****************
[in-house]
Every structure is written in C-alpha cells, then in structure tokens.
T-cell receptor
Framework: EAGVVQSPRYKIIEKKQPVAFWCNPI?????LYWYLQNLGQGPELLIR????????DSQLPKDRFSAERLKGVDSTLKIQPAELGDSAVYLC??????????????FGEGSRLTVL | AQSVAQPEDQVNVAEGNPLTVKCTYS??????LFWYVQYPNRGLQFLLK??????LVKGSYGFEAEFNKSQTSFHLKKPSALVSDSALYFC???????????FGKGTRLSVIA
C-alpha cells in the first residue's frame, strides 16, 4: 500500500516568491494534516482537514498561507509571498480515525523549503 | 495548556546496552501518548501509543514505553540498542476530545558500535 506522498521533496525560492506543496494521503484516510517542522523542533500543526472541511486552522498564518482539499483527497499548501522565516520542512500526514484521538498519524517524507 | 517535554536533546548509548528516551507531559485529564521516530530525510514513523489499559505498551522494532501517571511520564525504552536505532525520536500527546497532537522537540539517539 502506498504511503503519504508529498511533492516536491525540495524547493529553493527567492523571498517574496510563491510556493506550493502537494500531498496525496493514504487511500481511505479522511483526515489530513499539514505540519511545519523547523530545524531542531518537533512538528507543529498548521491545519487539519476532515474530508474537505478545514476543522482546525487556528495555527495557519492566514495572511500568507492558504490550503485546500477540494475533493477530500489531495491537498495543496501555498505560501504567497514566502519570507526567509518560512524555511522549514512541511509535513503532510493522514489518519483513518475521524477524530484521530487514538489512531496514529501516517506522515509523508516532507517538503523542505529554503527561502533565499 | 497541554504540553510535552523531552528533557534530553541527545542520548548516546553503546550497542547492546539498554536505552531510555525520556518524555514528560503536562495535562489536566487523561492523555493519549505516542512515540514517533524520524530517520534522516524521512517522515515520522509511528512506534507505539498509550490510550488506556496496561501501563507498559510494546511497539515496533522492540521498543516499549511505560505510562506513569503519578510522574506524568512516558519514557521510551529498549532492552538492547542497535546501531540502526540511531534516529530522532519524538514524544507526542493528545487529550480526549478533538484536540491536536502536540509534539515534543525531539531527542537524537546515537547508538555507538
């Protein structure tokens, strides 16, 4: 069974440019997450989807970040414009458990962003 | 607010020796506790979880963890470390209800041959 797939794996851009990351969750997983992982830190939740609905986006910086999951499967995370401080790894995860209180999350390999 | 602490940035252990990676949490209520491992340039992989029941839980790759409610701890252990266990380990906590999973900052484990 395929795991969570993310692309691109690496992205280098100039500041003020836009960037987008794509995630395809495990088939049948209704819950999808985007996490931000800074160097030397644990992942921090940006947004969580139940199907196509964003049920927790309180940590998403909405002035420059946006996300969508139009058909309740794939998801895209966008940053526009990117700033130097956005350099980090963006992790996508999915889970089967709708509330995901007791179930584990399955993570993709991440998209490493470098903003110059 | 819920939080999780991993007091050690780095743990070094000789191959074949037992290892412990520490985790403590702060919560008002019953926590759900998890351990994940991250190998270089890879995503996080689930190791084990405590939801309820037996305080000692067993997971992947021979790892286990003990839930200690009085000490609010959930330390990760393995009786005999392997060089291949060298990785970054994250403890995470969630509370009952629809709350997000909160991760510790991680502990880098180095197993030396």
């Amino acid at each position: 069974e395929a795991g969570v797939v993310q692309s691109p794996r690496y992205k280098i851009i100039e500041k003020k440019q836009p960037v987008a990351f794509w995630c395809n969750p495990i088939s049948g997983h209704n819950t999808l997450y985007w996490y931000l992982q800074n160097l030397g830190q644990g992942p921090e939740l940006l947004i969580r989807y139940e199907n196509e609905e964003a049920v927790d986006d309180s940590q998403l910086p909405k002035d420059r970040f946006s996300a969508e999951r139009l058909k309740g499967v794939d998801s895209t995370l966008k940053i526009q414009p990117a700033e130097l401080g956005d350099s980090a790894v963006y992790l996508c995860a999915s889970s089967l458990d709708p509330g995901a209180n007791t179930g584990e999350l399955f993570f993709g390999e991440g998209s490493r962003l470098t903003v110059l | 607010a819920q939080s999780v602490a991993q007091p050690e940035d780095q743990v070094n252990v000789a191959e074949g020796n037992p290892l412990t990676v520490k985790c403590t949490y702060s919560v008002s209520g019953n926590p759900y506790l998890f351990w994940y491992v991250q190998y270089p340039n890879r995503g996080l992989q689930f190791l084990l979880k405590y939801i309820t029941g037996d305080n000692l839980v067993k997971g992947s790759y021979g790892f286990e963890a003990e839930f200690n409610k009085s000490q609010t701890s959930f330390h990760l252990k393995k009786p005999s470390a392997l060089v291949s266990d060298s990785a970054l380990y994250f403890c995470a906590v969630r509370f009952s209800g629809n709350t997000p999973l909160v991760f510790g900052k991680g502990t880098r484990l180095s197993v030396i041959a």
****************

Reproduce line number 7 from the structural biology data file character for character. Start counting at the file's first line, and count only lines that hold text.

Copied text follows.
């Amino acid at each position: 069974e395929a795991g969570v797939v993310q692309s691109p794996r690496y992205k280098i851009i100039e500041k003020k440019q836009p960037v987008a990351f794509w995630c395809n969750p495990i088939s049948g997983h209704n819950t999808l997450y985007w996490y931000l992982q800074n160097l030397g830190q644990g992942p921090e939740l940006l947004i969580r989807y139940e199907n196509e609905e964003a049920v927790d986006d309180s940590q998403l910086p909405k002035d420059r970040f946006s996300a969508e999951r139009l058909k309740g499967v794939d998801s895209t995370l966008k940053i526009q414009p990117a700033e130097l401080g956005d350099s980090a790894v963006y992790l996508c995860a999915s889970s089967l458990d709708p509330g995901a209180n007791t179930g584990e999350l399955f993570f993709g390999e991440g998209s490493r962003l470098t903003v110059l | 607010a819920q939080s999780v602490a991993q007091p050690e940035d780095q743990v070094n252990v000789a191959e074949g020796n037992p290892l412990t990676v520490k985790c403590t949490y702060s919560v008002s209520g019953n926590p759900y506790l998890f351990w994940y491992v991250q190998y270089p340039n890879r995503g996080l992989q689930f190791l084990l979880k405590y939801i309820t029941g037996d305080n000692l839980v067993k997971g992947s790759y021979g790892f286990e963890a003990e839930f200690n409610k009085s000490q609010t701890s959930f330390h990760l252990k393995k009786p005999s470390a392997l060089v291949s266990d060298s990785a970054l380990y994250f403890c995470a906590v969630r509370f009952s209800g629809n709350t997000p999973l909160v991760f510790g900052k991680g502990t880098r484990l180095s197993v030396i041959a």